NINETY-FIVE YEARS ago, the American philosopher and psychologist William James observed that his country was divided, much as it is today, between what he called a "war party" and a "peace party."
These were not formal political organizations, with PACs and hacks, lawyers and lobbyists, so much as people brought together solely by their sentiments for or against the legitimacy and morality of war-making. Today they might be described as single-issue constituencies, though their issue encompasses most of what matters, life or death.
James wrote in the after-shadow of the Spanish-American War that "squalid" enterprise was instigated by ranting imperialist jingoes, among them William Randolph Hearst. James was a pacifist who perhaps found comfort because a peace party had actually coalesced in America. Maybe he saw it as an evolutionary change in the way men thought. Certainly, things weren't always that way.
From time immemorial, men made war. Their motives were simple and open: plunder, slaves and glory.
"History is a bath of blood," James wrote. "The Iliad is one long recital of how Diomedes and Ajax, Sarpedon and Hector killed. No detail of the wounds they made is spared us, and the Greek mind fed upon the story. ... Alexander's career was piracy, nothing but an orgy of power and plunder, made romantic by the character of the hero." Et cetera, down through the centuries.
James' essay The Moral Equivalent of War was published in 1910. He died in August of that year. The essay recently was republished in a collection titled The Best American Essays of the Century. It deserves another look.
War lovers had been around for centuries before the first peace lovers raised their heads. For men to go to war was thought natural. To the military mind, peace was a paradise for sheep. War toughened the fiber of men, stimulated patriotism, "trained societies to cohesiveness." Without war there is no heroism, no glory. War "is the romance of history," Mr. James wrote, the mother of all imagination and ambition. "It is a sort of sacrament ... an absolute good, we are told, for it is human nature at its highest dynamic."
No matter the horror, no matter the destruction, few arguments succeeded against it. Leaders, with hardly a nod to the citizenry, decided when, where and against whom to make war.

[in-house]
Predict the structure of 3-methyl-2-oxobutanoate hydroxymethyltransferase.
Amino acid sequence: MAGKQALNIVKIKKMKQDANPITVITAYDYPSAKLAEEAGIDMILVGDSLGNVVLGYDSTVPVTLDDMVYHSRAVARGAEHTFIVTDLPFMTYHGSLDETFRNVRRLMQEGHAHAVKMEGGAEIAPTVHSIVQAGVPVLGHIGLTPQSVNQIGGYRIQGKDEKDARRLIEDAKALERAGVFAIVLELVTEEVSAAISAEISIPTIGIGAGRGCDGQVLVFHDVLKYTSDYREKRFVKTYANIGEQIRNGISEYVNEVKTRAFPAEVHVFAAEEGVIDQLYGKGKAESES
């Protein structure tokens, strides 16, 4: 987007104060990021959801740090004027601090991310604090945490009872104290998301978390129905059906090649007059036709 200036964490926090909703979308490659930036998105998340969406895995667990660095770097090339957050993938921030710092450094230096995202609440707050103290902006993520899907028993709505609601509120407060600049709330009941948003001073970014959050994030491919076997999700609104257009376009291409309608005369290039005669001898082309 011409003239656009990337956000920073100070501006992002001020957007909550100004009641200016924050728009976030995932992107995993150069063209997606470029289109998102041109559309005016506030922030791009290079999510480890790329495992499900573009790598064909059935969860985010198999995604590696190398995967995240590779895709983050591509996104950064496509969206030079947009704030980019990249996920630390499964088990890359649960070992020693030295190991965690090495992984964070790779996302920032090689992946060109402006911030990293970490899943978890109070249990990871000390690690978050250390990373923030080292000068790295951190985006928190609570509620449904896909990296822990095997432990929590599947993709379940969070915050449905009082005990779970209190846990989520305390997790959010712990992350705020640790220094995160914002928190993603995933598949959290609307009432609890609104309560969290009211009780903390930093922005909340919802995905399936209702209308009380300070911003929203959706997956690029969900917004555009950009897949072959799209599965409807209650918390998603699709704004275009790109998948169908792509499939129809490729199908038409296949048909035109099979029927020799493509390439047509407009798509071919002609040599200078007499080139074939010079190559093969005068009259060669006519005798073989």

That a pacifist movement could emerge to challenge this historical orthodoxy and gather people to it who rejected the romance of war was remarkable. That it had little effect on events subsequent to James' essay (from World War I to Iraq) was not remarkable, just discouraging. But things did change, some: War in modern times had to be legitimized, justified, resorted to only as the last resort.
Rational reasons for it had to be adduced. Even the century's most abominable tyrant, Adolf Hitler, knew that. He told his people Germany needed space; they agreed. He overran Europe, and the people were thrilled by the Nazi glory. Hitler's war became the German people's war.
And that was the change, perhaps, that James had perceived in 1910: that the day had arrived when wars - even if they were for plunder, slaves and glory, as Hitler's indeed were - needed public support to legitimize them. Or at least a minimum of active resistance at home.
Pretexts, misrepresentations are always more easily sustained in dictatorships, which can control the information flow to the population and block contrary opinion and facts. In democracies, despite occasional attempts by governments to hide uncomfortable truths, people have other sources, other newspapers, less-biased television networks to turn to. Thus one might conclude that democracies could never go to war without public support.
Franklin D. Roosevelt couldn't, not for more than two years after the war in Europe began, though he ardently wanted to. The popular will in the United States was against involvement. The attack on Pearl Harbor changed all that.
President Lyndon B. Johnson wanted a military victory in Vietnam, so he manufactured his own "Pearl Harbor," an "unprovoked attack" by North Vietnamese torpedo boats on a U.S. warship in international waters. He went to Congress and got the Tonkin Gulf Resolution, which enabled him to enlarge the war against North Vietnam. It was a famous lie. In the end, the American people turned against the war. Mr. Johnson departed political life under a cloud.
Today it is known that the justifications for the invasion of Iraq have proved false. There were no chemical weapons, no weapons of mass destruction. Even so, the American people have not turned against the war that President Bush unleashed in their name. Many don't agree with it; some don't care; the resistance level is low. It's the people's war now. Why? Well, to turn the president's own logic around, if you're not against it, you're for it. Indifference is a form of support.
Should William James return from nearly a century of deathly sleep and ask how things are going, what would I say? Maybe something like this: "The war party is still in charge. Go back to sleep."
Richard O'Mara is a former foreign editor and foreign correspondent of The Sun.
Columnists Trudy Rubin and Clarence Page are on vacation.